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decided: November 15, 1983.


Appeal from the Order of the Court of Common Pleas of Erie County in the case of Commonwealth of Pennsylvania v. Walter Kuhl, No. 1761 of 1981.


Thomas E. Doyle, for appellant.

William T. Jorden, Jorden and White, for appellee.

Judges Rogers, Barry and Barbieri, sitting as a panel of three. Opinion by Judge Rogers.

Author: Rogers

[ 78 Pa. Commw. Page 329]

Walter Kuhl has filed an appeal of a judgment of sentence to pay $1,400 imposed by the Erie County Court of Common Pleas after finding him guilty of the summary offense of violating a township zoning ordinance.

The appellant was charged with operating a landfill in a zoning district of Greene Township where such use was not permitted. A hearing was held before a district justice who found the appellant guilty and imposed a fine of $1,400. The Court of Common Pleas, after a trial de novo, also found the appellant guilty and reimposed the same fine.

The appellant testified that he had sought to register his landfill as a lawful nonconforming use but was refused registration by the township. A township witness testified that the appellant never applied. It is certain that the landfill was not registered and that the appellant did not appeal from the refusal of registration, if his version of this circumstance is factual.

The appellant here contends that the Court of Common Pleas erred in finding him guilty of violating the ordinance: (1) because he possessed a permit of the Department of Environmental Resources for the construction

[ 78 Pa. Commw. Page 330]

    and operation of a landfill so that the Greene Township zoning ordinance has been preempted by the Solid Waste Management Act, Act of July 31, 1968, P.L. 788, as amended, 35 P.S. §§ 6001-6017, and (2) because his landfill is a lawful nonconforming use because it existed before the enactment of the zoning ordinance.

The case of Greene Township v. Walter Kuhl and/or Greene Landfill Inc., 32 Pa. Commonwealth Ct. 592, 379 A.2d 1383 (1977), is directly on point and controls the appellant's first contention. We held in that case that the fact that the Department of Environmental Resources had issued permits for the construction and operation of a landfill did not excuse the landowner from complying with the zoning ordinances of the municipality within whose boundaries the landfill is located.

However, the appellant cites in support of his preemption argument the case of Greensburg Sewage Authority v. Hempfield Township, 5 Pa. Commonwealth Ct. 495, 291 A.2d 318 (1972), where the municipality had sought to regulate the means of sewage disposal by zoning and where we held that the subject was preempted by the Sewage Facilities Act, Act of January 24, 1966, P.L. [1965] 1535, 35 P.S. § 750.1, and the Solid Waste Management Act, supra. This case is quite different from Greensburg Sewage Authority. The Greene Township zoning ordinance does not regulate the means by which landfills dispose of solid waste; it speaks only to where they may be located.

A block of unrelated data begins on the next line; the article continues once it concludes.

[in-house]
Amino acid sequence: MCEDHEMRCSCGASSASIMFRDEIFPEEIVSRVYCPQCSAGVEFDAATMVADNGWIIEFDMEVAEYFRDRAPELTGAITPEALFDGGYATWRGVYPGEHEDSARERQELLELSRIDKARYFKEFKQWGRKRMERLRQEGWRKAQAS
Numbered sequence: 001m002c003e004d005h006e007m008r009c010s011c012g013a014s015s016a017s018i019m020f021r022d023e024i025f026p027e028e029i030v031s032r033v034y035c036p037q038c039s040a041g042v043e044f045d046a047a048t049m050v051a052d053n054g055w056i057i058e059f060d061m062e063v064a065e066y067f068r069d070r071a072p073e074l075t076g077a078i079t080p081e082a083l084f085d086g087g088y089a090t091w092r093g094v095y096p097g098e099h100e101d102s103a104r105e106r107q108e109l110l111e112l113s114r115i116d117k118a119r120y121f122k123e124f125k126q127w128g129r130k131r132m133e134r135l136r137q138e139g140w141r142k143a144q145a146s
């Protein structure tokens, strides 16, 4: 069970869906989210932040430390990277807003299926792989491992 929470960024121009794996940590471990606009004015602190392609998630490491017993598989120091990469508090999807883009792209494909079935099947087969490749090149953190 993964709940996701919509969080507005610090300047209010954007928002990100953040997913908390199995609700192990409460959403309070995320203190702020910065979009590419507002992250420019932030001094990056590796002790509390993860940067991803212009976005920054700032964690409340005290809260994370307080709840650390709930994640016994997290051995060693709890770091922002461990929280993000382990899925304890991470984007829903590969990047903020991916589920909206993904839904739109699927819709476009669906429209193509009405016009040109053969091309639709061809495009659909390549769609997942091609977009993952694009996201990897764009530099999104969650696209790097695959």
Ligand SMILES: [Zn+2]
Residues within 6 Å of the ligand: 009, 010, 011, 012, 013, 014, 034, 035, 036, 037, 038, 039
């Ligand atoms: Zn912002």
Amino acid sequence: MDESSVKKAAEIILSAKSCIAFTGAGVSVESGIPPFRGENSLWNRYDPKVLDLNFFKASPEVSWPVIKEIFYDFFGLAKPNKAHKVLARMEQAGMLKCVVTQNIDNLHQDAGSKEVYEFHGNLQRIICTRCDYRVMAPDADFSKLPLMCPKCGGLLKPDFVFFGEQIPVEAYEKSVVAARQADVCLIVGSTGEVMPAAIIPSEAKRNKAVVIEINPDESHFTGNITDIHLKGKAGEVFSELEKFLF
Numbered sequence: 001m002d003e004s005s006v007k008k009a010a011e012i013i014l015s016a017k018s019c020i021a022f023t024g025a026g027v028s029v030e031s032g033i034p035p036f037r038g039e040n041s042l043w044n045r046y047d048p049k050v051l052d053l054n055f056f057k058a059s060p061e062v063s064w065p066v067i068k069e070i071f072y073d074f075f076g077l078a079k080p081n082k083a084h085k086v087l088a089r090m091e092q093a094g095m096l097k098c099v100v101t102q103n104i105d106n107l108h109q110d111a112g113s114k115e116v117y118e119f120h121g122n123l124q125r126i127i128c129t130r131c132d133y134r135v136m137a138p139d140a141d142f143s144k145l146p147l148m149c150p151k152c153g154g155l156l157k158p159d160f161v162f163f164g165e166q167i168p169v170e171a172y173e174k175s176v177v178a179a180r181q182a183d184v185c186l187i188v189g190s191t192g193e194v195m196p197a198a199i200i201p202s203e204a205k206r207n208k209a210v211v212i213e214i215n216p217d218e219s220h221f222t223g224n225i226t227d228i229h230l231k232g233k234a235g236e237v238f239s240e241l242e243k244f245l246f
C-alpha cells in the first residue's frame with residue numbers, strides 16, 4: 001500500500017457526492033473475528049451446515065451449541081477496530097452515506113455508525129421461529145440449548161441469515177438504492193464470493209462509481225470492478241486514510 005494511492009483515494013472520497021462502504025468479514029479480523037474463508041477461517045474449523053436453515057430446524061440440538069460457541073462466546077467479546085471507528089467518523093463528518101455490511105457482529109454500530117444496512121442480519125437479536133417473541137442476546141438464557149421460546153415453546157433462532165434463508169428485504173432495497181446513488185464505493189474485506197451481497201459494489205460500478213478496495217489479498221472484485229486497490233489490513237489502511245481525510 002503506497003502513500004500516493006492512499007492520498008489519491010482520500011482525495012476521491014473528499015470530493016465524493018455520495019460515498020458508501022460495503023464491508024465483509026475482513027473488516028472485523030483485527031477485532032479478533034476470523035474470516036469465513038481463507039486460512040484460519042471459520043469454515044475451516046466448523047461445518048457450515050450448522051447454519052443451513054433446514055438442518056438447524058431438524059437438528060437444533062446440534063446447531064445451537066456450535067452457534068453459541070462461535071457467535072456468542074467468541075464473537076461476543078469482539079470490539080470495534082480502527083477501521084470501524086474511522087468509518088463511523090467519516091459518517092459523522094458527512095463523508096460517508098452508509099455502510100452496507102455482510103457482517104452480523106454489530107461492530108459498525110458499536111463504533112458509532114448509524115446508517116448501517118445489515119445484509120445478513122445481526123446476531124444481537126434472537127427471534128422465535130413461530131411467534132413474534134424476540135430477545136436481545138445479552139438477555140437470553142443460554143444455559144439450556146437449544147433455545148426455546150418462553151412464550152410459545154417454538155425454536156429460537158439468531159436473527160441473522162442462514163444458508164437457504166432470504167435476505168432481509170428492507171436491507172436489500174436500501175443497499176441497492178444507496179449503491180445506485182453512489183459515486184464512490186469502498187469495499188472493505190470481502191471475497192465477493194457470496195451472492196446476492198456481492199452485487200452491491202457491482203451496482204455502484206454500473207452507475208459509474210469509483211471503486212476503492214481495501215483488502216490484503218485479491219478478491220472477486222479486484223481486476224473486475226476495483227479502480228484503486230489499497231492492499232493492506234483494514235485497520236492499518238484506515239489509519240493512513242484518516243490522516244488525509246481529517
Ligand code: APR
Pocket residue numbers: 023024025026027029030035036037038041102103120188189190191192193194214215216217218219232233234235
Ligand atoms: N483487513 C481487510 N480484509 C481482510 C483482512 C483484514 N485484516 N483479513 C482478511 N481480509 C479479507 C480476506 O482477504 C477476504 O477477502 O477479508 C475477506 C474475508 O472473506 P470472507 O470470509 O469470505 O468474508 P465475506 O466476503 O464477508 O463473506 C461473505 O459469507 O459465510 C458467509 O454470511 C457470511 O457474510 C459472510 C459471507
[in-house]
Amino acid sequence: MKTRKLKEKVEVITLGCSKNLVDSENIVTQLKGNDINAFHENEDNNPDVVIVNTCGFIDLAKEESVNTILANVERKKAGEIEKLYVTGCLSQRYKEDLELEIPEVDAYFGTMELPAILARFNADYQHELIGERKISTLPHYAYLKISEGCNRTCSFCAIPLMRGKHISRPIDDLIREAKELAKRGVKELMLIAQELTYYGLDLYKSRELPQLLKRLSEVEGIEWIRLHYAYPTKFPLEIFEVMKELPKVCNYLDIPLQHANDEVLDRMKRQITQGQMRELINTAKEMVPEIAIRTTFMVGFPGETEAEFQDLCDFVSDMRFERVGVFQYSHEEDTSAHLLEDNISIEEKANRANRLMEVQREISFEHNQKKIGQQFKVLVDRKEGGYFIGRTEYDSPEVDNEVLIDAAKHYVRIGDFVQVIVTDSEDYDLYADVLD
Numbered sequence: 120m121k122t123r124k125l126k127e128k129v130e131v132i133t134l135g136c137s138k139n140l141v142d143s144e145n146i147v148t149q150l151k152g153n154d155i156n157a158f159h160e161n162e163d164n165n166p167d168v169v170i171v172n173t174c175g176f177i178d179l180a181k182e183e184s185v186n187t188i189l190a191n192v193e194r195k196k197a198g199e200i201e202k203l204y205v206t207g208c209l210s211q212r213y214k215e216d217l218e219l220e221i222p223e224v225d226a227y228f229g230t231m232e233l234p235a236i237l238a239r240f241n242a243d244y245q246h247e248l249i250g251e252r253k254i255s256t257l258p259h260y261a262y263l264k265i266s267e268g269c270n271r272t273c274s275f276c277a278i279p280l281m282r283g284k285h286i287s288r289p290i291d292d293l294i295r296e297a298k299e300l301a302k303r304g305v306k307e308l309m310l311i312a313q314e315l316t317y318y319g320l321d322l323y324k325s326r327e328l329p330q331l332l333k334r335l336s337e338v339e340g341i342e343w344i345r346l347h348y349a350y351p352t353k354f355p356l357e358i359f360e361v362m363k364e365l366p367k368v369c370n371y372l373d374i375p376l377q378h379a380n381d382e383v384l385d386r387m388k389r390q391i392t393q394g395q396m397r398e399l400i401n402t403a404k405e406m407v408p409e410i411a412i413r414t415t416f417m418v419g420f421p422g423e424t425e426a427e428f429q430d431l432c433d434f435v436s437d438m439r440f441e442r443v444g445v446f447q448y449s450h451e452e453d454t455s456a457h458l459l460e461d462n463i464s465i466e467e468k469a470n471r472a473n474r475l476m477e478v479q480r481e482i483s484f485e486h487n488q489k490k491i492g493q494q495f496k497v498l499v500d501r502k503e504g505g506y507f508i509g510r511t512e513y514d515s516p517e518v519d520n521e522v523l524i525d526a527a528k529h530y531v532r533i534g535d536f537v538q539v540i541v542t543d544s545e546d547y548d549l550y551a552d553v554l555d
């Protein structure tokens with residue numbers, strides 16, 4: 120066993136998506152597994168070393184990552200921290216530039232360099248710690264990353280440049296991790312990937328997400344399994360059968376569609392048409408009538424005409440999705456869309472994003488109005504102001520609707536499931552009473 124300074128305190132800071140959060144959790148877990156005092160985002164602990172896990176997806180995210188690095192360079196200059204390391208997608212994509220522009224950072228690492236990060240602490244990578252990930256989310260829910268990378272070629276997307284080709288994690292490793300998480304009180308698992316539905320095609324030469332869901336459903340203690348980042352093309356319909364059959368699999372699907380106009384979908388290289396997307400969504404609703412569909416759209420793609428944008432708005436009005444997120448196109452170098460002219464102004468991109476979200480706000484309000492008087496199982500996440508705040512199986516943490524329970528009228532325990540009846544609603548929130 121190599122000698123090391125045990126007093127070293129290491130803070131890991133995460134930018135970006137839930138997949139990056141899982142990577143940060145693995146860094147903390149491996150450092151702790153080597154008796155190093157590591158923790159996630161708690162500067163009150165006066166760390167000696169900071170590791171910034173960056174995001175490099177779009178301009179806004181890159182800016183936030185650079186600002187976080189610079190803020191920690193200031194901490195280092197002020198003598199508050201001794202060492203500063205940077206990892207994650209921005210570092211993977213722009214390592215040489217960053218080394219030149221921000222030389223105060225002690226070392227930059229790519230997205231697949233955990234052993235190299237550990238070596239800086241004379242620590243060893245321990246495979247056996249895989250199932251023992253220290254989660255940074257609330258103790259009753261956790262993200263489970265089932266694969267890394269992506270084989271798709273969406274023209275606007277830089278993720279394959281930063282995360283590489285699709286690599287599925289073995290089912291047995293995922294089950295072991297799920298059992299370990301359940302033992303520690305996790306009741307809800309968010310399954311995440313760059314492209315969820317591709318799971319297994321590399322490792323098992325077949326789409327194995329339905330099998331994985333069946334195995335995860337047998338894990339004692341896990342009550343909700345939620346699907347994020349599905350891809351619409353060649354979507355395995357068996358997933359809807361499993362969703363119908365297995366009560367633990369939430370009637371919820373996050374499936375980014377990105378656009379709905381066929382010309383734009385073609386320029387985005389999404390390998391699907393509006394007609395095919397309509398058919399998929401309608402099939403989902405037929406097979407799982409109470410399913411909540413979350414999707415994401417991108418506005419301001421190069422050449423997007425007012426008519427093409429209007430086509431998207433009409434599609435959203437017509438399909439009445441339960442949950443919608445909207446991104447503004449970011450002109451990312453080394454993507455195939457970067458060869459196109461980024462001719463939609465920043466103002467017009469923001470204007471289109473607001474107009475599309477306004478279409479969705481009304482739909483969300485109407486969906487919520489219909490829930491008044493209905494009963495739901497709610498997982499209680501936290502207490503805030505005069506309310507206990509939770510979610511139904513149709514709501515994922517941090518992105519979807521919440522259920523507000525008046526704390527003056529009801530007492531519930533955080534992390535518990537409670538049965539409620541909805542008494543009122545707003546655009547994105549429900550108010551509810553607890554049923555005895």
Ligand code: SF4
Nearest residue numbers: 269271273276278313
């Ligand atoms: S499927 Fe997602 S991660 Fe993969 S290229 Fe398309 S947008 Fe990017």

As noted, the appellant also contends that since his landfill operation allegedly predates the township's zoning ordinance, it was unnecessary for him to register the use before operating the landfill. Philadelphia v. Budney, 396 Pa. 87, 151 A.2d 780 (1959) established

[ 78 Pa. Commw. Page 331]

    the principle that property owners may not raise as a defense to an action seeking to restrain them from violating use restrictions, the fact that their activities predated the ordinance:

The legislature has provided that zoning matters are to be heard exclusively by administrative tribunals which were created for that express purpose. . . . If we were to permit a person sought to be restrained from violating an ordinance, to introduce testimony of a nonconforming use, we would have equity courts replacing boards of adjustment. Instead of people seeking to enforce their rights through the proper administrative procedures, we would have them continue to violate the ordinances waiting for the city to bring an equity action at which time their right to a variance or a special exception would have to be litigated. This is contrary to the legislative directive in establishing both a procedure as well as a forum for zoning matters.

Id. at 89, 151 A.2d at 781. See also Muncy Borough v. Stein, 440 Pa. 503, 270 A.2d 213 (1970); Pfeffer v. Hopewell Township, 60 Pa. Commonwealth Ct. 399, 431 A.2d 1149 (1981).

If as the appellant testified, he sought and was improperly refused nonconforming use registration for the landfill, he should have pursued his rights through proper administrative channels.

Judgment of sentence affirmed.


And Now, this 15th day of November, 1983, the judgment of sentence entered in the Court of Common Pleas of Erie County in the above-captioned matter is affirmed.




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